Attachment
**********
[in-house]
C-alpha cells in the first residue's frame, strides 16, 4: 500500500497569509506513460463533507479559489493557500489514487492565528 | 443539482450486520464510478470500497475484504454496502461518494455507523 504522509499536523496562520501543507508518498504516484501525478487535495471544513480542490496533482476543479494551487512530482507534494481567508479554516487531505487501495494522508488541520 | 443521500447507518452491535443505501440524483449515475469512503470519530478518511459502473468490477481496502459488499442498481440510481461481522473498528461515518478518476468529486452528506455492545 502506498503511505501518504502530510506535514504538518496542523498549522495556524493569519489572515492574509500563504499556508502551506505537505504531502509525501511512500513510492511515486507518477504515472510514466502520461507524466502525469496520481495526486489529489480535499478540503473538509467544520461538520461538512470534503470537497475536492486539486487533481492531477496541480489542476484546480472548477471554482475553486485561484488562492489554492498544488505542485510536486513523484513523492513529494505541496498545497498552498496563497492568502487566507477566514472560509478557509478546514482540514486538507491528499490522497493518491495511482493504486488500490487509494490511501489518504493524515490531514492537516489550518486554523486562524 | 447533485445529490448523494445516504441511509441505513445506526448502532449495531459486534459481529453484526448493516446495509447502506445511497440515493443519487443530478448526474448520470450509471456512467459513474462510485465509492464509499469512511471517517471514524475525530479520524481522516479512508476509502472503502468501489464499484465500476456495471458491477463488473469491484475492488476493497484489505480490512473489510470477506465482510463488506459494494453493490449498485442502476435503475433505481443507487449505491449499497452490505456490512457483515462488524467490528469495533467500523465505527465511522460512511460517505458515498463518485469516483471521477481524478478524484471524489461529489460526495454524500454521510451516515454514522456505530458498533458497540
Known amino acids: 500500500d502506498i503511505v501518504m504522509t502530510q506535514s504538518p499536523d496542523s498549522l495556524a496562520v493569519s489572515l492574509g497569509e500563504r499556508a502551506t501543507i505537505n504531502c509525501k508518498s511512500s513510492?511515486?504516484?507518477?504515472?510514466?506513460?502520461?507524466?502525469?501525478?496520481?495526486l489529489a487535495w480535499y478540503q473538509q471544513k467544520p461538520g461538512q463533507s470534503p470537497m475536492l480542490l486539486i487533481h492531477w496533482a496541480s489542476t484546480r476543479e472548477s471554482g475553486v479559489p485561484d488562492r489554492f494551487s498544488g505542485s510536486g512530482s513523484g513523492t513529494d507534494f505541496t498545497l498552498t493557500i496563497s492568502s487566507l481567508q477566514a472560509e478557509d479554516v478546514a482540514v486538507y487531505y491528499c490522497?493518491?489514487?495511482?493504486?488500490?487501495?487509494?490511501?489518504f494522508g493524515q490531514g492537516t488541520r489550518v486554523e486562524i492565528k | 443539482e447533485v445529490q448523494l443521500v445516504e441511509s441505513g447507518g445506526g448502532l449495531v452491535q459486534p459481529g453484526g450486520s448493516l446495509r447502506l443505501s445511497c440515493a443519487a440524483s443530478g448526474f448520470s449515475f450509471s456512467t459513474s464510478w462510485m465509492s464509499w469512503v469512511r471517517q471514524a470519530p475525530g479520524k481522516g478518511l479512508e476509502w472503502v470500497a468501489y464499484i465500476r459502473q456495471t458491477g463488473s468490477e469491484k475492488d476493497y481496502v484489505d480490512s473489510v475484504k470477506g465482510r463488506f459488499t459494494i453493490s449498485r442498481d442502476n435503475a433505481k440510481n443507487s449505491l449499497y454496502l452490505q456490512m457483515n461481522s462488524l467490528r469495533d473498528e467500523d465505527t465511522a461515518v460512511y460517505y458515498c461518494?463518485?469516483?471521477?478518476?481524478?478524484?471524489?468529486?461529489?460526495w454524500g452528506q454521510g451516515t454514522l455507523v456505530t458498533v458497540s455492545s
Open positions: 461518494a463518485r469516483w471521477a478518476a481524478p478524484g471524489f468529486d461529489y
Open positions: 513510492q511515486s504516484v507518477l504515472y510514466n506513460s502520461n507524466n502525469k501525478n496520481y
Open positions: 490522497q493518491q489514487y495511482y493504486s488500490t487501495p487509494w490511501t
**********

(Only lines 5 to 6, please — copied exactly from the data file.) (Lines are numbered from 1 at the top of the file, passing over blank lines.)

Open positions: 513510492q511515486s504516484v507518477l504515472y510514466n506513460s502520461n507524466n502525469k501525478n496520481y
Open positions: 490522497q493518491q489514487y495511482y493504486s488500490t487501495p487509494w490511501t